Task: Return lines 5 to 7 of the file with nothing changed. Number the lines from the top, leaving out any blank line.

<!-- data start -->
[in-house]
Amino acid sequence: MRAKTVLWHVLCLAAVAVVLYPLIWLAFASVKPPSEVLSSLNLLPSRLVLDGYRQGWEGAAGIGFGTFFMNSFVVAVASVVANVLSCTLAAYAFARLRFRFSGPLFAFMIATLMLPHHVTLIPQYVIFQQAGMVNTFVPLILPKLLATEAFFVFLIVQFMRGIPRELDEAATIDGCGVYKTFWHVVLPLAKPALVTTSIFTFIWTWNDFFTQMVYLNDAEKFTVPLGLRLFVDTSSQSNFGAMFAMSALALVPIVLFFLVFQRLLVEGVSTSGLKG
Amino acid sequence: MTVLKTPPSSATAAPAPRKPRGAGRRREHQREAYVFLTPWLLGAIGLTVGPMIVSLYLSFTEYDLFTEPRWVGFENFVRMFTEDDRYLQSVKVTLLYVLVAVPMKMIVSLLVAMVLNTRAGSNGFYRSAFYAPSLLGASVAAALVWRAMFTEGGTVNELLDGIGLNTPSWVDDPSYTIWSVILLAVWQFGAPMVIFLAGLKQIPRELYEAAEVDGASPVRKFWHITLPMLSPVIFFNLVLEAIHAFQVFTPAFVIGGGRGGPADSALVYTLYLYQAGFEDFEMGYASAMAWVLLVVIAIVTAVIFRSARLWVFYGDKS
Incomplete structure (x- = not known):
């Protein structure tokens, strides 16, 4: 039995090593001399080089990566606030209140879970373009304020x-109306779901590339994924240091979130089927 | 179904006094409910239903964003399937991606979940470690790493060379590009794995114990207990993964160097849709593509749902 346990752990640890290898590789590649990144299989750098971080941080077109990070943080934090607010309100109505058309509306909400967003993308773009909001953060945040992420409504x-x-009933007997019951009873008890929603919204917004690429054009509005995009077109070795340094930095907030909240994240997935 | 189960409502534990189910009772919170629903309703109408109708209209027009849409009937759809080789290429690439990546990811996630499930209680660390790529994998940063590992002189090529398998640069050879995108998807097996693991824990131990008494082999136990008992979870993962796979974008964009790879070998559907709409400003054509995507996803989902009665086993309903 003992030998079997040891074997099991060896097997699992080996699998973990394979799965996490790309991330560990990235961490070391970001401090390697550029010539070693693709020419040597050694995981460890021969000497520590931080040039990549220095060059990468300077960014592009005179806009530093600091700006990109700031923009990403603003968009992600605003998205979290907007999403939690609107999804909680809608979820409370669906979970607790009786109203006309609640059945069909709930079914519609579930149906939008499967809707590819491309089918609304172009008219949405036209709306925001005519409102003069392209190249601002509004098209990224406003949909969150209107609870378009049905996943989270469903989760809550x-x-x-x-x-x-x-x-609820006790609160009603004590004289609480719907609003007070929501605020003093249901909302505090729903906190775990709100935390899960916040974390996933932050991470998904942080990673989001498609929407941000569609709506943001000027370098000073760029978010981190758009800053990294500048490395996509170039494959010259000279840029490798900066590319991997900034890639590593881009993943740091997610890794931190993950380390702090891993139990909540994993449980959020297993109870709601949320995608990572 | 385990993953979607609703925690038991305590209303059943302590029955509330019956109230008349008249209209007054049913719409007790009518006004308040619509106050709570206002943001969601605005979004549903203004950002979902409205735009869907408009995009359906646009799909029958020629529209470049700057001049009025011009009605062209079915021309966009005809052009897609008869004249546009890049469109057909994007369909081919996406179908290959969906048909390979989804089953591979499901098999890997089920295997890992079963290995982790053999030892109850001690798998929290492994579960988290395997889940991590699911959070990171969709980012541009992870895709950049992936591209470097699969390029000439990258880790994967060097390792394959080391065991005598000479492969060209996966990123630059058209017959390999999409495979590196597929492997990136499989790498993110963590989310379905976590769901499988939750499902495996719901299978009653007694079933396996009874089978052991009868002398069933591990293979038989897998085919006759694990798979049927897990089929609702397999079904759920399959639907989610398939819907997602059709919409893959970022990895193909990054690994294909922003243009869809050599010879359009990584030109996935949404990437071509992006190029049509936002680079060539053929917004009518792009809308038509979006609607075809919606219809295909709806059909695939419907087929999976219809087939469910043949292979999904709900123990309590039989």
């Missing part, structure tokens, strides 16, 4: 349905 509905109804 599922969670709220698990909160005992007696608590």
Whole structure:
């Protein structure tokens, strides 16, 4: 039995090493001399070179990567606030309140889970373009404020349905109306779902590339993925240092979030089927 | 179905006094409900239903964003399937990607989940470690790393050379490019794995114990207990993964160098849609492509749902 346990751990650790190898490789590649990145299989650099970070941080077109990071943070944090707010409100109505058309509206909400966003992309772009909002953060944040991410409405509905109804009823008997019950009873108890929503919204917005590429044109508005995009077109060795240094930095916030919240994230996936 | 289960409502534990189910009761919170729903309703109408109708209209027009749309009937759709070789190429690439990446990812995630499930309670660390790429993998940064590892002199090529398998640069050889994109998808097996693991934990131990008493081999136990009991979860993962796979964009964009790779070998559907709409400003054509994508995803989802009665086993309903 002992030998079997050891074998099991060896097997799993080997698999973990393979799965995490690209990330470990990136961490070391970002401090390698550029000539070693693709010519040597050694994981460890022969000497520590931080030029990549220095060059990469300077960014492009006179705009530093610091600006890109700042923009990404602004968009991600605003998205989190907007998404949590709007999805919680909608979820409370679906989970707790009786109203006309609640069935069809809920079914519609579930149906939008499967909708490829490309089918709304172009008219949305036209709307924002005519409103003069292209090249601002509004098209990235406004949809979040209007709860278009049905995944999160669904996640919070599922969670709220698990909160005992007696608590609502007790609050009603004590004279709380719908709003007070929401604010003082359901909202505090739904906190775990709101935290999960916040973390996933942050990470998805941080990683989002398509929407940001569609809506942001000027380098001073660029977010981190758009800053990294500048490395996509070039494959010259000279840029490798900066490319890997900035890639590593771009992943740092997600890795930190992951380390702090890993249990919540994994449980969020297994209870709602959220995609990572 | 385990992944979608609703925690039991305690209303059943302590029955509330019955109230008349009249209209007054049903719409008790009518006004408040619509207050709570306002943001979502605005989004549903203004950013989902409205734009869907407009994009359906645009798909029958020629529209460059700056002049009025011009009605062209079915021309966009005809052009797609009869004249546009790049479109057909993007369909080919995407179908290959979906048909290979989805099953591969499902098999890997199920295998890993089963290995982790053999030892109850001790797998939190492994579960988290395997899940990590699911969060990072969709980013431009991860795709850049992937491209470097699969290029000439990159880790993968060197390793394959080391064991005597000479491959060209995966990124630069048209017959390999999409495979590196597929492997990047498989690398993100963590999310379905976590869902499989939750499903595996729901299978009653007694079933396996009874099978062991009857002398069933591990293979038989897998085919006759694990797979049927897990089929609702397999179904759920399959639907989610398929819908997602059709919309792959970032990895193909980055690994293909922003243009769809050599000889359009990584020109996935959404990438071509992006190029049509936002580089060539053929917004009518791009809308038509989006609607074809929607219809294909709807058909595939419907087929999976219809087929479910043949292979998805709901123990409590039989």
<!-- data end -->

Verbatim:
């Protein structure tokens, strides 16, 4: 039995090593001399080089990566606030209140879970373009304020x-109306779901590339994924240091979130089927 | 179904006094409910239903964003399937991606979940470690790493060379590009794995114990207990993964160097849709593509749902 346990752990640890290898590789590649990144299989750098971080941080077109990070943080934090607010309100109505058309509306909400967003993308773009909001953060945040992420409504x-x-009933007997019951009873008890929603919204917004690429054009509005995009077109070795340094930095907030909240994240997935 | 189960409502534990189910009772919170629903309703109408109708209209027009849409009937759809080789290429690439990546990811996630499930209680660390790529994998940063590992002189090529398998640069050879995108998807097996693991824990131990008494082999136990008992979870993962796979974008964009790879070998559907709409400003054509995507996803989902009665086993309903 003992030998079997040891074997099991060896097997699992080996699998973990394979799965996490790309991330560990990235961490070391970001401090390697550029010539070693693709020419040597050694995981460890021969000497520590931080040039990549220095060059990468300077960014592009005179806009530093600091700006990109700031923009990403603003968009992600605003998205979290907007999403939690609107999804909680809608979820409370669906979970607790009786109203006309609640059945069909709930079914519609579930149906939008499967809707590819491309089918609304172009008219949405036209709306925001005519409102003069392209190249601002509004098209990224406003949909969150209107609870378009049905996943989270469903989760809550x-x-x-x-x-x-x-x-609820006790609160009603004590004289609480719907609003007070929501605020003093249901909302505090729903906190775990709100935390899960916040974390996933932050991470998904942080990673989001498609929407941000569609709506943001000027370098000073760029978010981190758009800053990294500048490395996509170039494959010259000279840029490798900066590319991997900034890639590593881009993943740091997610890794931190993950380390702090891993139990909540994993449980959020297993109870709601949320995608990572 | 385990993953979607609703925690038991305590209303059943302590029955509330019956109230008349008249209209007054049913719409007790009518006004308040619509106050709570206002943001969601605005979004549903203004950002979902409205735009869907408009995009359906646009799909029958020629529209470049700057001049009025011009009605062209079915021309966009005809052009897609008869004249546009890049469109057909994007369909081919996406179908290959969906048909390979989804089953591979499901098999890997089920295997890992079963290995982790053999030892109850001690798998929290492994579960988290395997889940991590699911959070990171969709980012541009992870895709950049992936591209470097699969390029000439990258880790994967060097390792394959080391065991005598000479492969060209996966990123630059058209017959390999999409495979590196597929492997990136499989790498993110963590989310379905976590769901499988939750499902495996719901299978009653007694079933396996009874089978052991009868002398069933591990293979038989897998085919006759694990798979049927897990089929609702397999079904759920399959639907989610398939819907997602059709919409893959970022990895193909990054690994294909922003243009869809050599010879359009990584030109996935949404990437071509992006190029049509936002680079060539053929917004009518792009809308038509979006609607075809919606219809295909709806059909695939419907087929999976219809087939469910043949292979999904709900123990309590039989």
């Missing part, structure tokens, strides 16, 4: 349905 509905109804 599922969670709220698990909160005992007696608590």
Whole structure: